Particularly rewarding was a conversation with Pavel Trofimovich regarding Open Science practices in applied linguistics research. We talked for around half an hour about Open Access (OA) publishing, registered reports, attempting replications as part of a study, and producing practitioner/teacher-focused research outputs. Some of these I am already doing (publishing in OA journals and/or using preprints), and others (registered reports, replications)  are things that I am planning on carrying out in the future. (A2.4 Phase 2; B2.3 Phase 2; B3.4 Phase 2; D1.5 Phase 1; D2.3 Phase 2)

I have already looked at another research team’s data set, to run different analyses upon it, out of curiosity regarding Kartushina & Frauenfelder (2014), by contacting Natalia Kartushina directly. This also exposed me to how actual data and R code are kept (on work computers), which means that sometimes, if data are not stored in a publicly accessible place, work cannot later be verified. That is not to say that the data set was lost; I received it with kindness, but the R code was unable to be located, although this would likely be able to be replicated by finding code to carry out a GLMM. However, I was interested in whether t-tests alone could validate the same findings as the paper (Kartushina & Frauenfelder, 2014), which it did. (A2.1 Phase 1)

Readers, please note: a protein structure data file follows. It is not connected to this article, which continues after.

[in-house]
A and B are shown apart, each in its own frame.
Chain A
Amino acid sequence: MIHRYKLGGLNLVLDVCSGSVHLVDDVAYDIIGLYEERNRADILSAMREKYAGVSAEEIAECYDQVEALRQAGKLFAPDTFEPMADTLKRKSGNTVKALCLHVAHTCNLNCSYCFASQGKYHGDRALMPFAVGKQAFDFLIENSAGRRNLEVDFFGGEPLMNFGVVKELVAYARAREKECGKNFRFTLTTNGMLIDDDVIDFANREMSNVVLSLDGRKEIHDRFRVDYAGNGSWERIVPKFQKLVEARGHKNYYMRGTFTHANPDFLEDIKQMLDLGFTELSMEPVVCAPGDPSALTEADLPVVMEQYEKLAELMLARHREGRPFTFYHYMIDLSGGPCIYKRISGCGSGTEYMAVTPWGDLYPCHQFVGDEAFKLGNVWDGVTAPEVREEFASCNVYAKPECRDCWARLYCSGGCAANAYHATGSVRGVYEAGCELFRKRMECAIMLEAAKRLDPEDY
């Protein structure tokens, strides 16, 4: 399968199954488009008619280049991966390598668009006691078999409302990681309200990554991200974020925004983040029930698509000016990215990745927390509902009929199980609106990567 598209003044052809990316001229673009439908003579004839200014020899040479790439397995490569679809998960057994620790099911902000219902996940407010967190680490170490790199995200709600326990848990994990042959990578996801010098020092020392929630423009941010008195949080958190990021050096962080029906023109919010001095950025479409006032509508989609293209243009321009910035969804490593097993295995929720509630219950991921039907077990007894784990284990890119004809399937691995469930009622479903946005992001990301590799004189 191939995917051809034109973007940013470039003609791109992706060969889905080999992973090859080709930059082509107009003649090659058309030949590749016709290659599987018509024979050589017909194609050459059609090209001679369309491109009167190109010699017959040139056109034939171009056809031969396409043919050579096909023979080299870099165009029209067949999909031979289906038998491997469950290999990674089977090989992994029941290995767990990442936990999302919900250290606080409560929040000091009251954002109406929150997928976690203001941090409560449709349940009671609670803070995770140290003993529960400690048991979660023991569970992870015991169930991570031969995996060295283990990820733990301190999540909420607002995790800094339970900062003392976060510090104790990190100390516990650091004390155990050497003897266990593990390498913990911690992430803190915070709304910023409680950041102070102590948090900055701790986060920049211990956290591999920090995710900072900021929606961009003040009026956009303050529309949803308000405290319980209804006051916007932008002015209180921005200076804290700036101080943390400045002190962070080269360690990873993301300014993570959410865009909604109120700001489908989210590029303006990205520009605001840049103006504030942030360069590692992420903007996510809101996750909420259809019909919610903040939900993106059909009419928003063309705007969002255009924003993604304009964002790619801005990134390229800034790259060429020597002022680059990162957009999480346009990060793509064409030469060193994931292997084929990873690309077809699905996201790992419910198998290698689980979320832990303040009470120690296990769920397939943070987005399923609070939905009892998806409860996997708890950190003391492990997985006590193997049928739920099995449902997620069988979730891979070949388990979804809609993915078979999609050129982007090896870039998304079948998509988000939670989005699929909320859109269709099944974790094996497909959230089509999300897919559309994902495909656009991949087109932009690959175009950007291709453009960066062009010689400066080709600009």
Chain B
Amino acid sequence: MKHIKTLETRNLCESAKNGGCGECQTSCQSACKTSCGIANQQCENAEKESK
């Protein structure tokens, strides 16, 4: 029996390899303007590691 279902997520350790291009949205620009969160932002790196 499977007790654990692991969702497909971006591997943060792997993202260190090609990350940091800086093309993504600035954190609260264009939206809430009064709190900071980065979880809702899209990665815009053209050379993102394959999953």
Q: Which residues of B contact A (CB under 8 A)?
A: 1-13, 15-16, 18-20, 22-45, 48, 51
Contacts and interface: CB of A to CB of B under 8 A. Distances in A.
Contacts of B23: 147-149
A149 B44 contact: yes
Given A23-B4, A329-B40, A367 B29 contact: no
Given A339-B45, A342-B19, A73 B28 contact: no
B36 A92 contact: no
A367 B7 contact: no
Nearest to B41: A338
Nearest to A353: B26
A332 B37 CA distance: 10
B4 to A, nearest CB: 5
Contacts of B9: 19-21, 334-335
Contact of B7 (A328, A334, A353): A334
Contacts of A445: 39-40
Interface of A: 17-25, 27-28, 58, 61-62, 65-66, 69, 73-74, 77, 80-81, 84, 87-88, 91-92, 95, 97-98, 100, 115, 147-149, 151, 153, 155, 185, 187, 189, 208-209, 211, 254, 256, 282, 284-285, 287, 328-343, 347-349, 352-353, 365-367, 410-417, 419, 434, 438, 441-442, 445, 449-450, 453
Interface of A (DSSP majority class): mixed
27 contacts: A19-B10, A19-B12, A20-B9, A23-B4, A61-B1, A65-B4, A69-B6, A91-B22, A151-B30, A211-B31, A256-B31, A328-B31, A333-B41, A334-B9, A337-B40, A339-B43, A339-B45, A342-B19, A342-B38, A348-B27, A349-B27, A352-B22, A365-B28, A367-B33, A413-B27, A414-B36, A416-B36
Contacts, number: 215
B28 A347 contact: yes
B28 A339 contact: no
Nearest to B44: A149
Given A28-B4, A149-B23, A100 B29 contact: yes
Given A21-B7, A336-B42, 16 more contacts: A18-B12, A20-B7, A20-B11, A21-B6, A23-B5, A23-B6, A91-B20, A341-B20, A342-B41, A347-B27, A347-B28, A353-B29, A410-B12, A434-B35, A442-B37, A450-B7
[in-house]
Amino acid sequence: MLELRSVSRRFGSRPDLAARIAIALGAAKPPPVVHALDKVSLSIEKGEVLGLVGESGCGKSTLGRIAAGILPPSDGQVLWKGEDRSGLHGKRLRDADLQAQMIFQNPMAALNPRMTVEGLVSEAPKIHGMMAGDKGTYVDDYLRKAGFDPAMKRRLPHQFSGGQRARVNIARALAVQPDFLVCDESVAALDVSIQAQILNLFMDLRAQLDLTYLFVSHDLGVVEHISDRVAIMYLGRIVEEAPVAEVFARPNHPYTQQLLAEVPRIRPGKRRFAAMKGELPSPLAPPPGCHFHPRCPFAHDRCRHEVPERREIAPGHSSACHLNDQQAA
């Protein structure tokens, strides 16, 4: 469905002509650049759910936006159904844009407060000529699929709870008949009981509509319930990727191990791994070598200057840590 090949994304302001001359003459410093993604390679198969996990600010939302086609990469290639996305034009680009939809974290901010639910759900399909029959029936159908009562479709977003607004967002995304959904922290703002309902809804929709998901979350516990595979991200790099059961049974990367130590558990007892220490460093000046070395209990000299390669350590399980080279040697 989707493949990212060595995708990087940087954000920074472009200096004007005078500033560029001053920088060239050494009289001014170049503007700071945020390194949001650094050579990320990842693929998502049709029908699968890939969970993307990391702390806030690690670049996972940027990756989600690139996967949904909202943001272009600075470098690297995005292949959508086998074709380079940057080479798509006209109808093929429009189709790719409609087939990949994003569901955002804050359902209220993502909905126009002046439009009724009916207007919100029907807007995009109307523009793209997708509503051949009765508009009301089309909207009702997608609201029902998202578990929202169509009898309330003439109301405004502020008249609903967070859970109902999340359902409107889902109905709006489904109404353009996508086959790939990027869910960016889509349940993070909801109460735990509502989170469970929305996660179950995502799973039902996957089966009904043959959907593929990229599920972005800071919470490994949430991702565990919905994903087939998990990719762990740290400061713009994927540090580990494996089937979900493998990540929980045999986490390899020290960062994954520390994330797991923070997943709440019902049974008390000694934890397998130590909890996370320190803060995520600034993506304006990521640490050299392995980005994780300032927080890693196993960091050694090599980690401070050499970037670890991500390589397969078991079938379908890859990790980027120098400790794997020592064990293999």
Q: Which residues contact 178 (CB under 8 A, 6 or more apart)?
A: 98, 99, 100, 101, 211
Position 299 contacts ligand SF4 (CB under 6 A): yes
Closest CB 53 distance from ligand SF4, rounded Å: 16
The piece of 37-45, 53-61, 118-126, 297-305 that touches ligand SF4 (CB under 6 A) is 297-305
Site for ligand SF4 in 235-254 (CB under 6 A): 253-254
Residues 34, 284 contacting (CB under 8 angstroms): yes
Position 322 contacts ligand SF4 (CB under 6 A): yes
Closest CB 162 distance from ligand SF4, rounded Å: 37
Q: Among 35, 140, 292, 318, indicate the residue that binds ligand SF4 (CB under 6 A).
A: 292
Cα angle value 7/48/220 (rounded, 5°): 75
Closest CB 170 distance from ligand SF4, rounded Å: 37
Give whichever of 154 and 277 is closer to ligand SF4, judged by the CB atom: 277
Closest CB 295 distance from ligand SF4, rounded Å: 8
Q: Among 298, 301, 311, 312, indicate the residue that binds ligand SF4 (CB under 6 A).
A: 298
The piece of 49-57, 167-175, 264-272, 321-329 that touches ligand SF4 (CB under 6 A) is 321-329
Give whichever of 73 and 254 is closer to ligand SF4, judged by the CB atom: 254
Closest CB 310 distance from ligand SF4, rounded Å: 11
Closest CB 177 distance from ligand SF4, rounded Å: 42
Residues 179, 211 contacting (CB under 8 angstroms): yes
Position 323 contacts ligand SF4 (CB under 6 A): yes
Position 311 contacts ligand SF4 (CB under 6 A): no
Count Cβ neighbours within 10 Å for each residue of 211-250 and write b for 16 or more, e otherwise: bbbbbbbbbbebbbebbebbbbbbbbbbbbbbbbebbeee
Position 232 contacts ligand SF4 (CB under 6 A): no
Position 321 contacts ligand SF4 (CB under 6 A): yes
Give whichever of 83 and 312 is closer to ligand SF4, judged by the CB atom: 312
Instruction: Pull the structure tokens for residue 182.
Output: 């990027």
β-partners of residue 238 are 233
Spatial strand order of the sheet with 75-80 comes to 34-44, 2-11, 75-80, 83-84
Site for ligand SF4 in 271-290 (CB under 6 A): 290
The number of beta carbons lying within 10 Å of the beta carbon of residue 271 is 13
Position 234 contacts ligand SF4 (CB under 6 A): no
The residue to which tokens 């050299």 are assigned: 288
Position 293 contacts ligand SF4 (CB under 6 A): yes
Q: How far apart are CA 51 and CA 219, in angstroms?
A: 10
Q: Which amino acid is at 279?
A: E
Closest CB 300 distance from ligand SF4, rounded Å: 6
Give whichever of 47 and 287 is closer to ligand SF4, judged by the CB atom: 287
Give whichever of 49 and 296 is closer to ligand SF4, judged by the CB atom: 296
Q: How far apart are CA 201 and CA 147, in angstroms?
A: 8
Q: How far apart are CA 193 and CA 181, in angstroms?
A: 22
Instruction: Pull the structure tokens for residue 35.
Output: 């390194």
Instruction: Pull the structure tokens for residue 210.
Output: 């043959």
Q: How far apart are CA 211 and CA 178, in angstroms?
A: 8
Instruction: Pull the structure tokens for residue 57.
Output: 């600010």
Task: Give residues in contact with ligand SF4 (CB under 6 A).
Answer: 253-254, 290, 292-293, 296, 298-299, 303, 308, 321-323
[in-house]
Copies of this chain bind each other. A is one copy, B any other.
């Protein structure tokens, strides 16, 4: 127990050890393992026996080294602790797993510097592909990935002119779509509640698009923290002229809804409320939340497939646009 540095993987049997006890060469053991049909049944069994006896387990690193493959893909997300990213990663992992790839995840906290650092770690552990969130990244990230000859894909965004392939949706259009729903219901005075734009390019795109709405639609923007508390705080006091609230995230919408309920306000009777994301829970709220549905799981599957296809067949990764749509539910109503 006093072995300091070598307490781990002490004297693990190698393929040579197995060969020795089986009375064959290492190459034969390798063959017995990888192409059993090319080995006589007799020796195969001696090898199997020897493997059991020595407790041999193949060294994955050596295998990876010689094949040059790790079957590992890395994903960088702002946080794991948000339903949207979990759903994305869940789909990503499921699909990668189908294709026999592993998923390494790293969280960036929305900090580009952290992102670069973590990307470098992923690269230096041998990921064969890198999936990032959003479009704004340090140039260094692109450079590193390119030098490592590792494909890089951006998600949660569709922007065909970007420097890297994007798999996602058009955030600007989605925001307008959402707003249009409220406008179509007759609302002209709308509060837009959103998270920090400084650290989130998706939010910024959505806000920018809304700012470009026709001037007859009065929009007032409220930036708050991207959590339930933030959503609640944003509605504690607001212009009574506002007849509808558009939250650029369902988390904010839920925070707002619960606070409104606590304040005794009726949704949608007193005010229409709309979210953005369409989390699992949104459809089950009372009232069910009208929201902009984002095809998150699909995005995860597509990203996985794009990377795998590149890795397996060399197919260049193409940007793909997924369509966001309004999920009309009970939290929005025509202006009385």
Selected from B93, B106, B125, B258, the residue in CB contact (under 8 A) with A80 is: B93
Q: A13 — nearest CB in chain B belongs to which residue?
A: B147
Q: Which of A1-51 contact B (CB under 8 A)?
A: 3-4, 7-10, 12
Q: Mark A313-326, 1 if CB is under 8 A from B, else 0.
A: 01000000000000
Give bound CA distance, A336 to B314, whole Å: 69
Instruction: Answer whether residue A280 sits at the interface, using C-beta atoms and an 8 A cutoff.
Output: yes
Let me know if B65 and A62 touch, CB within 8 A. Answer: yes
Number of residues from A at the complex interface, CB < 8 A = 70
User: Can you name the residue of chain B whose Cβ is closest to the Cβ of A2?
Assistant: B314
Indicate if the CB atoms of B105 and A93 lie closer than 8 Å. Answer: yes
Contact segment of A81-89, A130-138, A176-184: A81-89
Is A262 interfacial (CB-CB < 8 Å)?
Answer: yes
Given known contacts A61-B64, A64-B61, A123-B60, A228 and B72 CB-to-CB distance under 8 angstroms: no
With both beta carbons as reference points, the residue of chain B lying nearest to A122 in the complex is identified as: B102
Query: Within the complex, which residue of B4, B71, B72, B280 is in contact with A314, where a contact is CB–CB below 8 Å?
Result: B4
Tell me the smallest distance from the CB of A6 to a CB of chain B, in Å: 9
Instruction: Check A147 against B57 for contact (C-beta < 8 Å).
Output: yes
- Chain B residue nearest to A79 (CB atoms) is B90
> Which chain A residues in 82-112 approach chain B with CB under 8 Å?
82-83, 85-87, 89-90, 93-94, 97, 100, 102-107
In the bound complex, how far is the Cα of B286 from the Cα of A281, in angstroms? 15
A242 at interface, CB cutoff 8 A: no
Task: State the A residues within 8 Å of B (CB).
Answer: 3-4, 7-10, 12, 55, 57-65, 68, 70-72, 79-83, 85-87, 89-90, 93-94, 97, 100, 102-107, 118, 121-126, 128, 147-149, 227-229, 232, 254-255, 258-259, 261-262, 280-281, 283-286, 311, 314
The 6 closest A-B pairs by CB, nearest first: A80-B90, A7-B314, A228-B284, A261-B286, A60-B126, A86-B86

Some of the more tangential learning that has enhanced my professional development as a researcher has been use of a reference manager, Zotero (Center for History and New Media, n.d.), a citation robot, Citation Gecko (Citation Gecko, n.d.), and use of The Bullet Journal System (Carroll, 2018) as a project management tool.

Zotero (Center for History and New Media, n.d.) and I have a complex history because during my MA I attempted to install it and it did not work on either of my computers. Shortly after commencing this course I was persuaded by a colleague to try again, and I found that Zotero (Center for History and New Media, n.d.) really works well, especially in conjunction with the browser button it has made available. (A1.5 Phase 1)

In addition to Zotero (Center for History and New Media, n.d.), Citation Gecko (Citation Gecko, n.d.) has become useful as a way to source literature of interest based upon citation patterns that it detects through web scraping. It is not perfect but I have a considerably larger array of literature to wade through than that found in my library keyword searches. Citation Gecko (Citation Gecko, n.d.) will never replace considered library or search engine searches, but it is extremely useful as a supplementary literature search process. (A1.4 Phase 3)